solar-panels-on-rooftops-of-a-housing-development-in-Folsom,-Calif.
In this photo taken Wednesday Feb. 12, 2020, are solar panels on rooftops of a housing development in Folsom, Calif. (AP Photo/Rich Pedroncelli)

The U.S Congress has passed a massive USD $900 billion COVID package.

The spending bill includes USD $35 billion in funding for energy research and development programs and contains important emergency relief measures for the solar energy industry.

The relief measure, in question, is a two-year extension of the investment tax credit (ITC).

The two-year extension will retain the current 26 percent credit for projects that begin construction through the end of 2022, instead of expiring at the end of 2020.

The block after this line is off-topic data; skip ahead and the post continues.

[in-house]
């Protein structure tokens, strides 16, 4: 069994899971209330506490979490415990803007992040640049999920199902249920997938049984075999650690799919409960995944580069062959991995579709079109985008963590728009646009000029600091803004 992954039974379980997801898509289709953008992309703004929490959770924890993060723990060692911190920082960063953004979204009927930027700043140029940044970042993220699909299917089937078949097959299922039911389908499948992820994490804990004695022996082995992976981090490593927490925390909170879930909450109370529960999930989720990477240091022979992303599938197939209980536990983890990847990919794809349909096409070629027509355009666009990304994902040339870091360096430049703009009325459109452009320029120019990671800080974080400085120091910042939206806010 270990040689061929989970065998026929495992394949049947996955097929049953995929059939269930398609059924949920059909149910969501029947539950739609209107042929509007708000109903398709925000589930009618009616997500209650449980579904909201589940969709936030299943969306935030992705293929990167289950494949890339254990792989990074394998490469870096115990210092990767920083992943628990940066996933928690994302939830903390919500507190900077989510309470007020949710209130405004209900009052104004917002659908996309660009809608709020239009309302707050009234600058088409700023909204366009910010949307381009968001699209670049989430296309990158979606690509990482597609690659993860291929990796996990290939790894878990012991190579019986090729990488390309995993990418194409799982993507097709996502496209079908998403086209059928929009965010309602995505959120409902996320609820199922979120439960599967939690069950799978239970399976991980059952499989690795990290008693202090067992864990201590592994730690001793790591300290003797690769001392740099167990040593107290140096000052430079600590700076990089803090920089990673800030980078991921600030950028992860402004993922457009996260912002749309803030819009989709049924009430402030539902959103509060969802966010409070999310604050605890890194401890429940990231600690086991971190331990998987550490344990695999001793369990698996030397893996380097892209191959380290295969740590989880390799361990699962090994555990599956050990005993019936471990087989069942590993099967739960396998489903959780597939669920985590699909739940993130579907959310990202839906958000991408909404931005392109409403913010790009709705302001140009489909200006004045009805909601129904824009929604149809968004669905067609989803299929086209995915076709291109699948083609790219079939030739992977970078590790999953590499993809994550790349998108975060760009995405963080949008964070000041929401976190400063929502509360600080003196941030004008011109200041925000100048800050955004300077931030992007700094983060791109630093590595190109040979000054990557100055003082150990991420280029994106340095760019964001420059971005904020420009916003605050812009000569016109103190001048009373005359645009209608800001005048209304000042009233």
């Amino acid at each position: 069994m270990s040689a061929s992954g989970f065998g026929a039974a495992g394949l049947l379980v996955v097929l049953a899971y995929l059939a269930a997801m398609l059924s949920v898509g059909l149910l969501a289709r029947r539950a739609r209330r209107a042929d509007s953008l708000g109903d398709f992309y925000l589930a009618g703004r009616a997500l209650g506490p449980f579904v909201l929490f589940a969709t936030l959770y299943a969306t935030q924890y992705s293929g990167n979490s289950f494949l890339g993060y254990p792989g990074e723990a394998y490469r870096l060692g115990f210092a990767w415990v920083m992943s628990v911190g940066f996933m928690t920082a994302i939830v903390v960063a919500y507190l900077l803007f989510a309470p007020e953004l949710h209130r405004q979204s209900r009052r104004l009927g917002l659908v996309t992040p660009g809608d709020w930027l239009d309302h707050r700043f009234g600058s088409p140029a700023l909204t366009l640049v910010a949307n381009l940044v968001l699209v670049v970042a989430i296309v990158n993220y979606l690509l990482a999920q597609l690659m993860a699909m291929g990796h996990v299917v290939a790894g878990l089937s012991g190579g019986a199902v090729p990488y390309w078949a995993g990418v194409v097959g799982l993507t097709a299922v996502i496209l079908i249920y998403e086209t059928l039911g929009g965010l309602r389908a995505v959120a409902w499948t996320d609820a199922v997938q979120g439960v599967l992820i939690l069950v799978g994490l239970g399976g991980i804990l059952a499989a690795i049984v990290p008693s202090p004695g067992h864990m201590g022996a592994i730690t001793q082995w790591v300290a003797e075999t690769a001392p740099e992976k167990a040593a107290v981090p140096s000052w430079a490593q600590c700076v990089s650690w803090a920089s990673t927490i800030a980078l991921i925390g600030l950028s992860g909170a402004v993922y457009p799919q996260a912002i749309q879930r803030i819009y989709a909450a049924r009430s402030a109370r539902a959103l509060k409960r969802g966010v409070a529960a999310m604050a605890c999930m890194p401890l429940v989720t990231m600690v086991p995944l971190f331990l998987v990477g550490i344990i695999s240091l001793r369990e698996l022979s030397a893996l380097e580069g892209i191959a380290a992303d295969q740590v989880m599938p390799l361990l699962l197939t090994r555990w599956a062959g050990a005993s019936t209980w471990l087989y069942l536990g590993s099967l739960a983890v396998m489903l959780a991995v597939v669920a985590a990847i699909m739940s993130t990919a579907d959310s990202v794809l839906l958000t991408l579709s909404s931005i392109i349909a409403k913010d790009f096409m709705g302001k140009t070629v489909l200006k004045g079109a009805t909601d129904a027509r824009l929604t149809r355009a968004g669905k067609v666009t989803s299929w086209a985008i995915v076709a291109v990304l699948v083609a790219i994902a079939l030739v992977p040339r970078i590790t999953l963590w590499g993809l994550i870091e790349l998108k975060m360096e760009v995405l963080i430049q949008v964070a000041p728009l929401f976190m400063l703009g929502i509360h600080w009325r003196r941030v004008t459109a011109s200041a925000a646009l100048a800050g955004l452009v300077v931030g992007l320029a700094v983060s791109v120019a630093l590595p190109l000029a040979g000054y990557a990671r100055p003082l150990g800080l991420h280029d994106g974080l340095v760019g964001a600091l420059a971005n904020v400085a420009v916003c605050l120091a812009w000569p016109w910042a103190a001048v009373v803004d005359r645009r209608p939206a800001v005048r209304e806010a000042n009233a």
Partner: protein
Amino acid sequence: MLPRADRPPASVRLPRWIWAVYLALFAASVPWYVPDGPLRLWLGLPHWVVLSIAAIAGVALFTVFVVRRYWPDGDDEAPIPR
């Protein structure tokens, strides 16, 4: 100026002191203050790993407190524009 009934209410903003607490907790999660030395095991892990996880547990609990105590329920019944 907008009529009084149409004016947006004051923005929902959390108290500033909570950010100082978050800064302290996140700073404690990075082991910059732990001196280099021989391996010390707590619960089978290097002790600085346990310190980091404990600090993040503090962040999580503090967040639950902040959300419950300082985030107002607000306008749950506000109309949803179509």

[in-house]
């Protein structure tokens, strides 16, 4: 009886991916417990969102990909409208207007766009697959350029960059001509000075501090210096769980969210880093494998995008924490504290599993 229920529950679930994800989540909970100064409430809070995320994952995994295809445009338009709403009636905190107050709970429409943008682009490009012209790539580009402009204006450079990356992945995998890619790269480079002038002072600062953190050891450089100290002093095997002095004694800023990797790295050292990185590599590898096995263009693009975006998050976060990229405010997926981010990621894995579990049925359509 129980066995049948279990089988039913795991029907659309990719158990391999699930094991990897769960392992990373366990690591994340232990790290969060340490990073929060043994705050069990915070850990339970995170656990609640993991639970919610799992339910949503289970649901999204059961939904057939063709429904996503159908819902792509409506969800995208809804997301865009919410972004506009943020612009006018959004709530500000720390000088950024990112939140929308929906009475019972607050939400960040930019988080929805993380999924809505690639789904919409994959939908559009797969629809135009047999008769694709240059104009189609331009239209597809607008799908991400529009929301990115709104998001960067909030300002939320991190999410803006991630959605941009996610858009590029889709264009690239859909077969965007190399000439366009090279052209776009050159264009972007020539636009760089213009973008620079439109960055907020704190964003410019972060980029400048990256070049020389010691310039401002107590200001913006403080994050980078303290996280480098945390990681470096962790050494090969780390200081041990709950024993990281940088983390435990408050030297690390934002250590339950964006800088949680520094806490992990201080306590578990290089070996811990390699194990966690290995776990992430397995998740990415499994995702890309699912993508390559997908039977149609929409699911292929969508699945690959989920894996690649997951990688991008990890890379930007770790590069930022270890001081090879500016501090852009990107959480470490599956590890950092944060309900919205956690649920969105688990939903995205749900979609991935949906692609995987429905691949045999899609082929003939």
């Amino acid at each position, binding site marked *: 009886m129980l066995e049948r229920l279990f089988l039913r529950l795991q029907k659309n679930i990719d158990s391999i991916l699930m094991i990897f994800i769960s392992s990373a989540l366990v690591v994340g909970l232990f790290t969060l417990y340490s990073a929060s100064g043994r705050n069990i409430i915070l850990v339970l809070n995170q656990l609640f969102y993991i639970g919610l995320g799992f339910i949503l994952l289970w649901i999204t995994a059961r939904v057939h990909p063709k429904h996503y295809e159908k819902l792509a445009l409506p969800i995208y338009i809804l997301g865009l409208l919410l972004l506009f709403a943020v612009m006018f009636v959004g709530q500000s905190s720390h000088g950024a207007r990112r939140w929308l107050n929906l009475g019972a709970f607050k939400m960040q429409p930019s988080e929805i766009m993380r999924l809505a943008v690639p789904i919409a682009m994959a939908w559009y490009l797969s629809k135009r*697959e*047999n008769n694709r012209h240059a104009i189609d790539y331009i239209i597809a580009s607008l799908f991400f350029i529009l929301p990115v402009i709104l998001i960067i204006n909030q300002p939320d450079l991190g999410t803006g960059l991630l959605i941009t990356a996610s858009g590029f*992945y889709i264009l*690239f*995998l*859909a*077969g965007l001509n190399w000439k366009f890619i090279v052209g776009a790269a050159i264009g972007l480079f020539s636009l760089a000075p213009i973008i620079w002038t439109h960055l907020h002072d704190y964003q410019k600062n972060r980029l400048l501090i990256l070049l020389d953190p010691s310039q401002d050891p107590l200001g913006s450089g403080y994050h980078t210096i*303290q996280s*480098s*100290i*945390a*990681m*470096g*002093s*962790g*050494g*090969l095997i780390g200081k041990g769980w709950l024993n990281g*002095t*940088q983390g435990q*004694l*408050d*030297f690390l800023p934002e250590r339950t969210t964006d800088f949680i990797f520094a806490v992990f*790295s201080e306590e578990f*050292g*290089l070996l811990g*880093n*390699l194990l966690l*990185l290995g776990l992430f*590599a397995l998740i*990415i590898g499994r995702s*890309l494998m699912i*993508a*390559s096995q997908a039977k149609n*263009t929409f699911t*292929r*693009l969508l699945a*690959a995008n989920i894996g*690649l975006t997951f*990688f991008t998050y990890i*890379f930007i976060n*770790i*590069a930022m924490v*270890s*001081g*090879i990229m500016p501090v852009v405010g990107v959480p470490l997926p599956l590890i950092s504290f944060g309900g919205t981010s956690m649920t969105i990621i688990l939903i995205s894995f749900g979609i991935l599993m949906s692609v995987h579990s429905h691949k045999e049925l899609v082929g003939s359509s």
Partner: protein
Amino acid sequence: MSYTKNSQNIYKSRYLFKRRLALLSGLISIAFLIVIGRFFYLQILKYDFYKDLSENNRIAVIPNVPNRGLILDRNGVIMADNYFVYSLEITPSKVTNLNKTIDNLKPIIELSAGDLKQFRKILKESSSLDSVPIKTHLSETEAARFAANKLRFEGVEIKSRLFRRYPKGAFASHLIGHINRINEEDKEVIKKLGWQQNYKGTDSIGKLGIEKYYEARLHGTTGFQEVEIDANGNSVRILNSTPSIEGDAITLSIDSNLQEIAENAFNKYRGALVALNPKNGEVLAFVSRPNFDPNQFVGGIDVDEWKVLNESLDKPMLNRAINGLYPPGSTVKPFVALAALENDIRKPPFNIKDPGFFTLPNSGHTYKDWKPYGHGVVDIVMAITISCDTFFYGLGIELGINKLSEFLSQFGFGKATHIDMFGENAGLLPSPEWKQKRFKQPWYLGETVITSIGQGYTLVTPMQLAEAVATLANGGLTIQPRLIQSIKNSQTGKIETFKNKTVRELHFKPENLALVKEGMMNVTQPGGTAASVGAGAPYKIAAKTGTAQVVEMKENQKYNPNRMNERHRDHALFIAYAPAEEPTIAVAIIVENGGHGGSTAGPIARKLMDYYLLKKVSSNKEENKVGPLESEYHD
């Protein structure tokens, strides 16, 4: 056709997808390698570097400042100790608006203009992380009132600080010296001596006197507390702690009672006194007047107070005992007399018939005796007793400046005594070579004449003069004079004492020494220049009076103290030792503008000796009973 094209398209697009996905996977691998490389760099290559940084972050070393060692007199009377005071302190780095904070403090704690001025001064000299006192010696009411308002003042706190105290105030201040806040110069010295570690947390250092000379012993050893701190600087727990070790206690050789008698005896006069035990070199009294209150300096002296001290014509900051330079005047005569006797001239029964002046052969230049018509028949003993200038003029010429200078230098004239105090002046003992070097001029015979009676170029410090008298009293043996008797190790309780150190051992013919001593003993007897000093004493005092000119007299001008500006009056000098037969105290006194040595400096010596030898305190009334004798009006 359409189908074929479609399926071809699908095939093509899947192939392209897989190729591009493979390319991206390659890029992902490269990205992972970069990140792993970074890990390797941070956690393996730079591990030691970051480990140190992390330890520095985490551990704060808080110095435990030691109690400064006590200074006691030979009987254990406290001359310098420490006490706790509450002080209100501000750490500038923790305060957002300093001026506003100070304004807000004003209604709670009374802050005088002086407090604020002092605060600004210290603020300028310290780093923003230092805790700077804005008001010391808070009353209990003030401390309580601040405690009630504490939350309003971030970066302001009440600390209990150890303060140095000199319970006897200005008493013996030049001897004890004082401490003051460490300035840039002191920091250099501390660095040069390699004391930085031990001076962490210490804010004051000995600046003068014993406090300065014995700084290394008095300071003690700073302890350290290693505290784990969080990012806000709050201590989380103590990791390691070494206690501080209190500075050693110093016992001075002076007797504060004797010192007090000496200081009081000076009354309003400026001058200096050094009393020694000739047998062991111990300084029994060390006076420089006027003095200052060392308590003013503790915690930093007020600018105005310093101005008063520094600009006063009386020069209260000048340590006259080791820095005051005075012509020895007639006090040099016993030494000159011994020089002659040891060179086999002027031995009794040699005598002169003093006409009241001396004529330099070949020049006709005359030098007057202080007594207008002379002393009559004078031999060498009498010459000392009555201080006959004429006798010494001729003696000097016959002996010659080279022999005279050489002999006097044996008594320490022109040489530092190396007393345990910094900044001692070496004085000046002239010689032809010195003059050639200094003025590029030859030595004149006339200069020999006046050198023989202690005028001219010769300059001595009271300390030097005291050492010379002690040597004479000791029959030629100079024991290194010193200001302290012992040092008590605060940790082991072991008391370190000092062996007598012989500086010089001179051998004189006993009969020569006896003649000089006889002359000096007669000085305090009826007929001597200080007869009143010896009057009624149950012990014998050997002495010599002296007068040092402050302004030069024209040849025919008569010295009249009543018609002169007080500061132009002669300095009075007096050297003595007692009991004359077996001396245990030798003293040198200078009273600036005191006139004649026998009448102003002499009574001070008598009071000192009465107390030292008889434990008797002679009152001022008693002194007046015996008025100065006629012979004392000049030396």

The ITC will decrease to a 22 percent rate for projects that begin construction by the end of 2023 and then drop to 10 percent for large-scale solar projects and to zero percent for small scale solar projects in 2024.

The bill also has funding for distributed energy deployment as well as support to provide better access to federal lands for renewable projects.

Originally established by the Energy Policy Act of 2005, the investment tax credit (ITC) allows those who install solar panels to deduct an allocated percentage of the cost from their federal taxes.

The ITC applies to both residential and commercial systems, and there is no cap on its value.

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